Drop Blood Lotus has alluring, deep-red lotus flowers and exotic, almost black buds on this enchanting specimen. The beautifully formed, symmetrical blooms amidst the tall, green foliage on this captivating lotus specimen will surely 'cast a spell'. Rich, honey-gold centers are the perfect complement to the dark-red color of this incredible lotus. Drop Blood Lotus will look fabulous in large containers on your deck, porch, patio or terrace. Drop Blood Lotus also makes a spectacular focal point in the shallow end of your pond. Your Drop Blood Lotus can grow 4 - 5 feet tall, if you plant in it a very wide container!
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Tall varieties of lotus should be planted in wide, shallow, no-holes containers (24 - 48 inches or wider), using heavy loam soil and placed in full sun (8 + hours of sunlight daily). Fill your wide, shallow container 2/3 full of heavy loam soil, dig a trench across surface of the soil and gently place your lotus tuber in the trench. Cover all but the growth tips of the lotus with soil, leaving the growth tips exposed. Gently add four or five inches of water above the soil. In a week or two you should have coin leaves growing on the surface of the water. A week or so after that, you should have aerial leaves growing out of the water. Once you have aerial leaves growing out of the water, it is time to fertilize your lotus.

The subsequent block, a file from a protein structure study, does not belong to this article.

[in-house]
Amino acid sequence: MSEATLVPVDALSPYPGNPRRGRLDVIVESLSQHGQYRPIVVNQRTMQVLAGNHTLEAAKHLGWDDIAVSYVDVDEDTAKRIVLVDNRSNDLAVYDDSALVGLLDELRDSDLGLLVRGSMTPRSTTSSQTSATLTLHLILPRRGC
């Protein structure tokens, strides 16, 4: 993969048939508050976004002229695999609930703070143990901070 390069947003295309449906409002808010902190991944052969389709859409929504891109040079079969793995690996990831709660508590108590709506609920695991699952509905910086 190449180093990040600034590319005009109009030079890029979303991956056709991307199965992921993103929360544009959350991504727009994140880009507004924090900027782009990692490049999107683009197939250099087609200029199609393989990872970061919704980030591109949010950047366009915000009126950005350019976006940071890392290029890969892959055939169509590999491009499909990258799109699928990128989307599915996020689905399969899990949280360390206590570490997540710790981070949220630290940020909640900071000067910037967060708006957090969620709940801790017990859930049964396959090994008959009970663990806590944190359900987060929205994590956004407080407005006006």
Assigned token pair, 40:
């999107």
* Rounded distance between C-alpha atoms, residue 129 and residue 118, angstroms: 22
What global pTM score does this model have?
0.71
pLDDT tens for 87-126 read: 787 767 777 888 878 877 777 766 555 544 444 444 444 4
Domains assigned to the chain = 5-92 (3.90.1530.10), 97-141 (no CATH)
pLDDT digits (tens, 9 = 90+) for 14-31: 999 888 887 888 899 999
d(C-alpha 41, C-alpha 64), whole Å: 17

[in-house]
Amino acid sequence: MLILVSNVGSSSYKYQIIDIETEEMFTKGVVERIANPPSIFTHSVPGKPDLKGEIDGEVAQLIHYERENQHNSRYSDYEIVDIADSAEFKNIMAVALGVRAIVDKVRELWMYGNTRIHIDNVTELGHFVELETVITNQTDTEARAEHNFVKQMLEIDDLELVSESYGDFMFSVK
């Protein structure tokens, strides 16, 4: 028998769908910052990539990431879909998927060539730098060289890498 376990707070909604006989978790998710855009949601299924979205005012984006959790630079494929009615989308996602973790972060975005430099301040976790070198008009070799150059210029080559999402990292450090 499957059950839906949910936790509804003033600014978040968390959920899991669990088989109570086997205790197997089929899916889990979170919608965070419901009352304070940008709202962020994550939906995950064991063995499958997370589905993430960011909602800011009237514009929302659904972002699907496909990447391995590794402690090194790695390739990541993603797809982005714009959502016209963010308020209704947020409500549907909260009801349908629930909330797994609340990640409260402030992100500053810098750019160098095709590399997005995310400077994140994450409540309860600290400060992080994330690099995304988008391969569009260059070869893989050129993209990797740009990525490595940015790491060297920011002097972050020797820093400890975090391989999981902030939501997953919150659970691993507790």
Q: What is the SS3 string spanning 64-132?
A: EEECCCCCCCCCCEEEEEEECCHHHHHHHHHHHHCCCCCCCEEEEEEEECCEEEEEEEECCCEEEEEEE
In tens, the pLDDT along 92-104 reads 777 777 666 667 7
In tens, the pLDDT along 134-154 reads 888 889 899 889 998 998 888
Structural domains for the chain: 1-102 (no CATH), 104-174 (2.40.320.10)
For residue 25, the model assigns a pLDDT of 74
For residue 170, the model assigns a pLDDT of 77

Fertilizing Your Lotus
Lotus should not be fertilized until you have aerial leaves growing out of the water. If you fertilize too early, you may kill the plant. We recommend Waterlily World Fertilizer Tabs + Humates for strong, healthy plants and best bloom! The first time you fertilize your lotus, us 1/2 the dosage. Simply press 3 - 5 fertilizer tabs into the soil near the roots of your lotus, taking care not to damage the roots. After the first dose of fertilizer--Fertilize once a month with 6 - 10 fertilizer tabs throughout the growing/blooming season, June through August. Your lotus may bloom into October, depending on zone. We recommend not adding fertilizer after August, as your plant will be preparing to go dormant for the winter months.